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Review: MetaTool 40.4
Roberto Agria email@example.com
These days most Amiga people have access to the Net, giving everybody a
vital opportunity to talk to each other (if they know the E-Mail address!),
and widely available e-mail is probably one of the main reasons the Amiga
was able to survive two years in the wilderness.
There are now several mail programs available, most of them Shareware but
openly available on Aminet, including Elm, Thor, Voodoo (now included in
the AmigaSurfer pack) and MetaTool, which is freeware. Of course, it's
also possible to write a message with any Text editor and then invoke the
appropriate sendmail-like program to send the mail to the destination
address. However, unless you are a Net-expert or at least, a
Dos¶meters expert (and for the sake of your sanity) you choose a mail
program, that will do everything automagically (more or less).
I will not write here about programs other than Metatool, because I don't
know their capabilities well, and because after I took a look at their
Gui's, I'm no longer interested in those programs. Let's come to MetaTool
Most of you know (I suppose) what the Mime format is. But I'll explain for
those of you who don't know ! Standard e-mail can only send plain ASCII
characters because the mail gateways only handle 7-bit data, and also have
a fixed line length (usually around 70 characters). The Mime format
(Multipurpose Internet Mail Extensions) gets around this by encoding 8-bit
data into a 7-bit representation. This is just like uuencoding then?
Well, not quite because Mime also wraps the data with a header to identify
the type of data in the message so enabling the receipient's software to
display it in an appropriate form. Mime also allows multipart messages
containing lots of different pieces of data to be sent and supports
splitting and merging of huge messages to allow them to be sent over
networks which limit the size of individual messages.
As you guess, MetaTool is able to use the Mime format, and obviously the
normal plain-text mail format (rfc 822).
MetaTool's Gui is easy to understand and to use: the main window is the
Mailboxes window, where you choose a mailbox file to open from a list of
several MetaTool knows about. You can also select a mailbox file created
by other programs and show them. In fact, in the settings window, there's
a parameter called Message Boundary, that can be set to Compatible or
Custom. In Compatible mode, i've been able to open Mailfiles created by
Elm with no problems. I don't know about files created by Thor or Voodoo
(I suppose there will not be problem with those files also).
When you choose a Mailbox, another window will popup with the list of
messages, their dates, the name of who sent it to you, the title of the
mex, and it's size in Kbytes. Multiple mailbox windows can be open at the
same time and messages can be transferred between them.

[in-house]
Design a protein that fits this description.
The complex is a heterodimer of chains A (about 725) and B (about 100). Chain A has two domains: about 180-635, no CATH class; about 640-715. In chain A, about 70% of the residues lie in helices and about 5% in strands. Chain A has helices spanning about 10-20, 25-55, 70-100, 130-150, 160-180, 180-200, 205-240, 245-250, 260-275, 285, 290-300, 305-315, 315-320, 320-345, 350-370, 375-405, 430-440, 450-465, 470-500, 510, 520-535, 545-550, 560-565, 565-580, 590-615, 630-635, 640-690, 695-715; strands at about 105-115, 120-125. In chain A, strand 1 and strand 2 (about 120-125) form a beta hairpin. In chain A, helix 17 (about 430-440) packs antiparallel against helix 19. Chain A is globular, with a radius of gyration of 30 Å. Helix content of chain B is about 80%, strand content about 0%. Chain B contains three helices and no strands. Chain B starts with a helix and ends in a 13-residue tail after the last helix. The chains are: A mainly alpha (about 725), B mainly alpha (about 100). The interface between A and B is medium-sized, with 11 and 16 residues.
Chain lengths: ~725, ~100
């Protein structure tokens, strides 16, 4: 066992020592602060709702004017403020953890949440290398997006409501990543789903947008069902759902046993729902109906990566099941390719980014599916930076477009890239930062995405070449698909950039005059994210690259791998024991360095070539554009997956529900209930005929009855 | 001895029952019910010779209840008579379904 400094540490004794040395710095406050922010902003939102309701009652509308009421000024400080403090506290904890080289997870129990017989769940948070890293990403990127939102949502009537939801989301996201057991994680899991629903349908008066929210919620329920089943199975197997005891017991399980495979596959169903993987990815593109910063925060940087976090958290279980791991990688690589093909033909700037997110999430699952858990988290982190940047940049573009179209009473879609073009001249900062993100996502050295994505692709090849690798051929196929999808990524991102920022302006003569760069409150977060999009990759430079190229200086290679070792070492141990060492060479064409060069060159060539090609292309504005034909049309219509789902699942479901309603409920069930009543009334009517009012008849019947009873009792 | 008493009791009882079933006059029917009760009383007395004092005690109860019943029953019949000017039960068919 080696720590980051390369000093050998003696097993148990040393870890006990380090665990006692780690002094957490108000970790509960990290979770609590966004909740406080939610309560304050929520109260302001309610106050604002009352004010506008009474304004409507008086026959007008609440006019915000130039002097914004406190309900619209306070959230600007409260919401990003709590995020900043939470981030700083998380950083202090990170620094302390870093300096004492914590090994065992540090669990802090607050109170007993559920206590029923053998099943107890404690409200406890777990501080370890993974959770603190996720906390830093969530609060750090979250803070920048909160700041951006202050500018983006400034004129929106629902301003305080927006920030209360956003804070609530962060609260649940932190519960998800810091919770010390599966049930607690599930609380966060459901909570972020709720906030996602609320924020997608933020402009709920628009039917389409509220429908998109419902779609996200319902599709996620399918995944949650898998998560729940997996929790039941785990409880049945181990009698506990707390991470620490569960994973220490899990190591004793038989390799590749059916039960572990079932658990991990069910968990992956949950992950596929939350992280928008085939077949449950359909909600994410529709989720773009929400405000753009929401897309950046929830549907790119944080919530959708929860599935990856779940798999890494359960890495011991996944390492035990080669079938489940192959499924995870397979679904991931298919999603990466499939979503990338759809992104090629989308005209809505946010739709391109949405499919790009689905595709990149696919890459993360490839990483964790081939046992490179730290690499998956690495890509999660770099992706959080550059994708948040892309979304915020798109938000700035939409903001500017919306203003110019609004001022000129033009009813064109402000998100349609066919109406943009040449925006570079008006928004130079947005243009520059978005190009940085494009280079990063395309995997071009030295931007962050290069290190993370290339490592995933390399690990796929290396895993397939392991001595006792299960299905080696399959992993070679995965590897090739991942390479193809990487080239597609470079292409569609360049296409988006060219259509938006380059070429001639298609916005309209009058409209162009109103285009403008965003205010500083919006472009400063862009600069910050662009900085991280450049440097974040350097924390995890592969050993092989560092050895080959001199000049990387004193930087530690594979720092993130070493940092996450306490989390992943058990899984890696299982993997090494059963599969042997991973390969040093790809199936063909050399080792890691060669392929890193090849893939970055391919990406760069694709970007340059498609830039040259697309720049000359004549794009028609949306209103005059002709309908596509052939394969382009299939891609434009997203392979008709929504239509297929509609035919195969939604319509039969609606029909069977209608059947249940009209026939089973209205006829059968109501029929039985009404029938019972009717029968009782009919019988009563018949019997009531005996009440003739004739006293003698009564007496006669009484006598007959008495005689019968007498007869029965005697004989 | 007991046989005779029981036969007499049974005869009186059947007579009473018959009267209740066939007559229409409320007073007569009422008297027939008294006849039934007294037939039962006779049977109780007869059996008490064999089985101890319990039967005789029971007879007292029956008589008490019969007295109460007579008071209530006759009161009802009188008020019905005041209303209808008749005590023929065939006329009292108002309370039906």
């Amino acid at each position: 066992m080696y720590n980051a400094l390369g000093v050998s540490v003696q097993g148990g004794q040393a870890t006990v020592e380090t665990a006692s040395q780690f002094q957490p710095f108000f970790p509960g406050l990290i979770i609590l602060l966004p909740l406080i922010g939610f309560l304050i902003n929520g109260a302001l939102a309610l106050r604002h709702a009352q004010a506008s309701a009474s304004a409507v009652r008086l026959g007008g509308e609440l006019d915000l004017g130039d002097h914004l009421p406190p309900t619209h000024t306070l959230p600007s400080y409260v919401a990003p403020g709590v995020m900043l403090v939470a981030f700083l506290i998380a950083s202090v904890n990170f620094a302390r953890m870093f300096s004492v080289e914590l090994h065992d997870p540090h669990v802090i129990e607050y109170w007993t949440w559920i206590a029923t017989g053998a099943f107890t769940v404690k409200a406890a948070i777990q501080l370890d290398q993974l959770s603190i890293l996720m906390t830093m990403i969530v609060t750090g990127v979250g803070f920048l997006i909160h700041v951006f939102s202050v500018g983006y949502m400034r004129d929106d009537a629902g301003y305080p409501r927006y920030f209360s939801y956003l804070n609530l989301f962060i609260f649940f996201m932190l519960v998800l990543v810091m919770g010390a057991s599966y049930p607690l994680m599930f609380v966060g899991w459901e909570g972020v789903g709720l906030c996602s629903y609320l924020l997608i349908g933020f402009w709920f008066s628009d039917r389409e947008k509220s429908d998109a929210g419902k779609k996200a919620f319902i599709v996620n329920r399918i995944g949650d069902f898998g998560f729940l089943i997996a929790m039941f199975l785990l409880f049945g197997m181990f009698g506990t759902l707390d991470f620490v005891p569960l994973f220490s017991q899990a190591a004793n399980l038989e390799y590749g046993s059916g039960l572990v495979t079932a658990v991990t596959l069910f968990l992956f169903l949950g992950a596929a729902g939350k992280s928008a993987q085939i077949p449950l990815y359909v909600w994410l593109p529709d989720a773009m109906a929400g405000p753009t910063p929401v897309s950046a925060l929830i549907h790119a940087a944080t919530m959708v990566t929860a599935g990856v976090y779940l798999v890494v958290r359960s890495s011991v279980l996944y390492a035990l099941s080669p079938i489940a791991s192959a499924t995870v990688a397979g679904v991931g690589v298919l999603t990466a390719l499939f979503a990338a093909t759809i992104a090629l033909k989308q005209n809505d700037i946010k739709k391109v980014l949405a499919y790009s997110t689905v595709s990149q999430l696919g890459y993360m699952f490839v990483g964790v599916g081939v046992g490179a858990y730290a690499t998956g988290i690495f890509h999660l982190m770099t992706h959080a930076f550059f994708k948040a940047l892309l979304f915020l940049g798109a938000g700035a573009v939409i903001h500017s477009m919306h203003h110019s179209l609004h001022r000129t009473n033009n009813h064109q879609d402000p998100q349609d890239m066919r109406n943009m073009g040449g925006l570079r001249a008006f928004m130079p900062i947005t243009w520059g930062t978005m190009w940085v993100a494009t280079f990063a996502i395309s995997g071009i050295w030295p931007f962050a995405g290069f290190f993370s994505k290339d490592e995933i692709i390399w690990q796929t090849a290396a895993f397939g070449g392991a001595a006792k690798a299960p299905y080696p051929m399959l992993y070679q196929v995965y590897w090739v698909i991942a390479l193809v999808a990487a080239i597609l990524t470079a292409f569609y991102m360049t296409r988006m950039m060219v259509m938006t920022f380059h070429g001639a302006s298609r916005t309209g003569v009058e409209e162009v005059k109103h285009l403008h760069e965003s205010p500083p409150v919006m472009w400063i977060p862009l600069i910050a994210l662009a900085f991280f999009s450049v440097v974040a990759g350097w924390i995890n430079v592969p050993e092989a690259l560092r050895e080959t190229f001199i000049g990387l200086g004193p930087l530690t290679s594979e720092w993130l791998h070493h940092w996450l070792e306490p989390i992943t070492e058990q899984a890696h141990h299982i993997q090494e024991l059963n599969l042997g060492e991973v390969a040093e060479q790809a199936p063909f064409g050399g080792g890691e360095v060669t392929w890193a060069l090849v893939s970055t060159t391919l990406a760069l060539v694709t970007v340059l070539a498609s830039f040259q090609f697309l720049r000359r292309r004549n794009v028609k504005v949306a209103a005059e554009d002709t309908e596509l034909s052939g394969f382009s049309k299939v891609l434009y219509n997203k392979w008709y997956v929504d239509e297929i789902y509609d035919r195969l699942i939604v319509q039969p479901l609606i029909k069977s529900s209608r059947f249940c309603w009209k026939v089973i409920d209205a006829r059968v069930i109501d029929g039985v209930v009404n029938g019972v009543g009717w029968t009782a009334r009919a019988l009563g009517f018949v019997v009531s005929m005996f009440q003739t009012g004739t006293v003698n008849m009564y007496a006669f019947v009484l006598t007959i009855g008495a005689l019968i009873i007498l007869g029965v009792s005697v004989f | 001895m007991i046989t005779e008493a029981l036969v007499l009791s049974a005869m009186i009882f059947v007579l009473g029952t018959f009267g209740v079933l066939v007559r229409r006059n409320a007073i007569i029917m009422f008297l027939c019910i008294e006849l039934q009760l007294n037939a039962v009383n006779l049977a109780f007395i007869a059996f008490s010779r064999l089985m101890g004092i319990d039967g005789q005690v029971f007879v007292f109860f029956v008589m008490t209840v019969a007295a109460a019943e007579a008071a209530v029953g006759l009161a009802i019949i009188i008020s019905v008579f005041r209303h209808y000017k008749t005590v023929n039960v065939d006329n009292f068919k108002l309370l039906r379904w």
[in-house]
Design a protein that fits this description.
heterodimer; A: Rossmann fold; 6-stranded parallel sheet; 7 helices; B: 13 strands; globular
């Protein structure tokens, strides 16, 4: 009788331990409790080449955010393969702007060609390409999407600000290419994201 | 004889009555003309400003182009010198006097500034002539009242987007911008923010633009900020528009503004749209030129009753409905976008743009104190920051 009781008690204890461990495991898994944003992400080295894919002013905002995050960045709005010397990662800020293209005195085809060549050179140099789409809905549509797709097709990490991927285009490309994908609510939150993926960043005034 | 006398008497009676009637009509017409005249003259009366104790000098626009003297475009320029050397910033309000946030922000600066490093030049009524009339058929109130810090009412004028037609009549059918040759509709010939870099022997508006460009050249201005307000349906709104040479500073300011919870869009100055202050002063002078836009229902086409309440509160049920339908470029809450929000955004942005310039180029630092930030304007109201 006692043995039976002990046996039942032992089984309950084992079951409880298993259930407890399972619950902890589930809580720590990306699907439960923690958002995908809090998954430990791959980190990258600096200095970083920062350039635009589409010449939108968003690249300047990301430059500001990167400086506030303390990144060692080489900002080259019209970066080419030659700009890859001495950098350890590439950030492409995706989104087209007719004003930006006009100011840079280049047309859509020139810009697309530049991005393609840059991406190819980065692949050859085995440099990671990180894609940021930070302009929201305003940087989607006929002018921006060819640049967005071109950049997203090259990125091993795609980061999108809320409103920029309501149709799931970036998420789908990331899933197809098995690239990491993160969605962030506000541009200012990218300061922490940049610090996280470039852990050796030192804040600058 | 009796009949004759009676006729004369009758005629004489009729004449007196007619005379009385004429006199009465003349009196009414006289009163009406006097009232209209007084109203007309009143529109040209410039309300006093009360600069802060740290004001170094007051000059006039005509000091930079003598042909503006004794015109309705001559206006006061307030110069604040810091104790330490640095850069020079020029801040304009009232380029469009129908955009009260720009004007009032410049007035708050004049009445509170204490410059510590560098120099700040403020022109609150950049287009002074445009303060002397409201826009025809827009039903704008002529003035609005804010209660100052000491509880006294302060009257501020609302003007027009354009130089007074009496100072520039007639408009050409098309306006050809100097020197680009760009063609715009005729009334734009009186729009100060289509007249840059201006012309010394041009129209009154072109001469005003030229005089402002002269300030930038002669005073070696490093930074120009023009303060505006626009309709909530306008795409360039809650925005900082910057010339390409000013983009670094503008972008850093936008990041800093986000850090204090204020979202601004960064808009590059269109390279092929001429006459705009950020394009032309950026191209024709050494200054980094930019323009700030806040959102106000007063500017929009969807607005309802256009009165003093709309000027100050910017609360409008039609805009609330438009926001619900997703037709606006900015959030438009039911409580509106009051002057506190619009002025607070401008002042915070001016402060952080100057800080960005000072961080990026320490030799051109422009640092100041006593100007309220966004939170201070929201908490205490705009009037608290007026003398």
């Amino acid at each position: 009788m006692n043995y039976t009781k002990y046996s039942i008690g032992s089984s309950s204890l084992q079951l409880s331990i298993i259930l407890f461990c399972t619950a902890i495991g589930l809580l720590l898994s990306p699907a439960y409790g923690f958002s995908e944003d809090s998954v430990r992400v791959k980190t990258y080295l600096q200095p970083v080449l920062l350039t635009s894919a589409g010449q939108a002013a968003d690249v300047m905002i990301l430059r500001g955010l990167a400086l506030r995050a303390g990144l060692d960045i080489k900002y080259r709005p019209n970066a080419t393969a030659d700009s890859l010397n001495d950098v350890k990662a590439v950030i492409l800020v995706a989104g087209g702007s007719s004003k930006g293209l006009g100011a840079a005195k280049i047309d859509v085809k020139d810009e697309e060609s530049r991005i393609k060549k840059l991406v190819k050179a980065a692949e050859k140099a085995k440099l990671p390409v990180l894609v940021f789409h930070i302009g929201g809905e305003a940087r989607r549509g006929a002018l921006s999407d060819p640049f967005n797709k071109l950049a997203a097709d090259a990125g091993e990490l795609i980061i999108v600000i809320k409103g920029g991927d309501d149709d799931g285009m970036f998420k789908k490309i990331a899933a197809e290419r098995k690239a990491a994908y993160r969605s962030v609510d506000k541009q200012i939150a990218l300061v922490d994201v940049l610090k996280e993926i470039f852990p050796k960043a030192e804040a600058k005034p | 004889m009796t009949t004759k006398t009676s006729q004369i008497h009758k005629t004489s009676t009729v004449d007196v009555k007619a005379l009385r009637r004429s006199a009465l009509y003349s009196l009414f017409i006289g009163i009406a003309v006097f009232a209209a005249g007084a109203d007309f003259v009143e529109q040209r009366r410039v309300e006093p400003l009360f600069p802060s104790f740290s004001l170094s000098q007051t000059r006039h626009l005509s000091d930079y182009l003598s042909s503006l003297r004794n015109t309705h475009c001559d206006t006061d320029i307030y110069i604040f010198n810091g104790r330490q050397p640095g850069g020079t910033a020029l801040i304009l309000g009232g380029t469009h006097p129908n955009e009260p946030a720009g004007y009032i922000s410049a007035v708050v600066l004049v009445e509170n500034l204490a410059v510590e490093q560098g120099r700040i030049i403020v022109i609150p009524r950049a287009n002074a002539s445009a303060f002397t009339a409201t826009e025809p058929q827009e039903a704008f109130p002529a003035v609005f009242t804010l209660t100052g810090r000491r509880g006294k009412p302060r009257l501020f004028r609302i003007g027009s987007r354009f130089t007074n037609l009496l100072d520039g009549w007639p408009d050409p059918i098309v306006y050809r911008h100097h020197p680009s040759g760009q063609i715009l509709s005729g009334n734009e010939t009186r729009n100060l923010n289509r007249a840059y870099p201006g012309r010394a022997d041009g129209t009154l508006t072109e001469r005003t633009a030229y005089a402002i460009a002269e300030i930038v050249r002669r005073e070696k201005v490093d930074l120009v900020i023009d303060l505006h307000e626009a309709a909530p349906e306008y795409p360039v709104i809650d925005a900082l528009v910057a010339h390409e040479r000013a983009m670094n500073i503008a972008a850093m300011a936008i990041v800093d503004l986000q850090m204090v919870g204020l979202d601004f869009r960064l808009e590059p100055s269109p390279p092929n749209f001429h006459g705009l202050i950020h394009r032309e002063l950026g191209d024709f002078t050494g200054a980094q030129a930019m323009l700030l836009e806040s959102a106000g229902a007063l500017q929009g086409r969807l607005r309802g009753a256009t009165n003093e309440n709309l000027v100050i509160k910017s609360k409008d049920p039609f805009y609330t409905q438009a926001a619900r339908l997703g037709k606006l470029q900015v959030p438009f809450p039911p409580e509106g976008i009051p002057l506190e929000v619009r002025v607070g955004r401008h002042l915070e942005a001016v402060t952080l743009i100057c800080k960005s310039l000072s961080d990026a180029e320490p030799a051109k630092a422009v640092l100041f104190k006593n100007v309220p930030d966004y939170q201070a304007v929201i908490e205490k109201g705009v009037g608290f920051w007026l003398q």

Double-clicking on a message opens a Display window which shows the
message's parts, the header, that contains information on the writer
address, the destination address and other stuff, and the Mime type of the
part. MetaTool uses a mailcap file (of the same format as Mosaic and the
metamail Mime package) to choose an appropriate viewer for the parts.
audio/x-voc; play16 %s;label="A VOC Sample" (to listen audio samples)
image/jpeg; CyberView %s (should i explain ? ;-> )
video/x-anim; xanim %s; label="An IFF ANIM Animation"; edit=3D"DPaint"
application/x-lzx; Copy %s DOWNLOADS: ; label="An lzx Archive"
Choosing Reply or New, brings up the Compose window. MetaTool has a
built-in Address Book that can contain the names of people that you write
often to (there's a menu option to automatically add addresses from
currently viewed or selected messages), you can use this to quickly fill in
the To: , CC: (carbon copy) and BCC: (blind carbon copy) addresses, or fill
them in by hand (Reply fills in the To: address for you).
Adding the message contents is where the fun starts! Any type of file can
be added to the message either by choosing it from a file requester or
dragging it's icon onto the Compose window; MetaTool automatically detects
the type of the data in the part using a combination of datatypes and the
file extension, and sets the Mime type for you (you can also do this by
hand if you so wish). New text parts can also be added and edited, and
MetaTool will include and quote text parts in a reply and append a
signature (which could be a picture :*)) if enabled.
MetaTool uses Mui, a well known programmers tool, that give MetaTool a nice
Graphics Interface. The nice Gui, added to the easy of use, makes of
MetaTool a powerful tool between Mailing Programs.
You can find MetaTool version 40.4 on Aminet, under
comm/mail/MetaTool.lha. The author, Ellis Protchard, is reachable at
this address: firstname.lastname@example.org (home) or
There's also a web page for MetaTool, the address is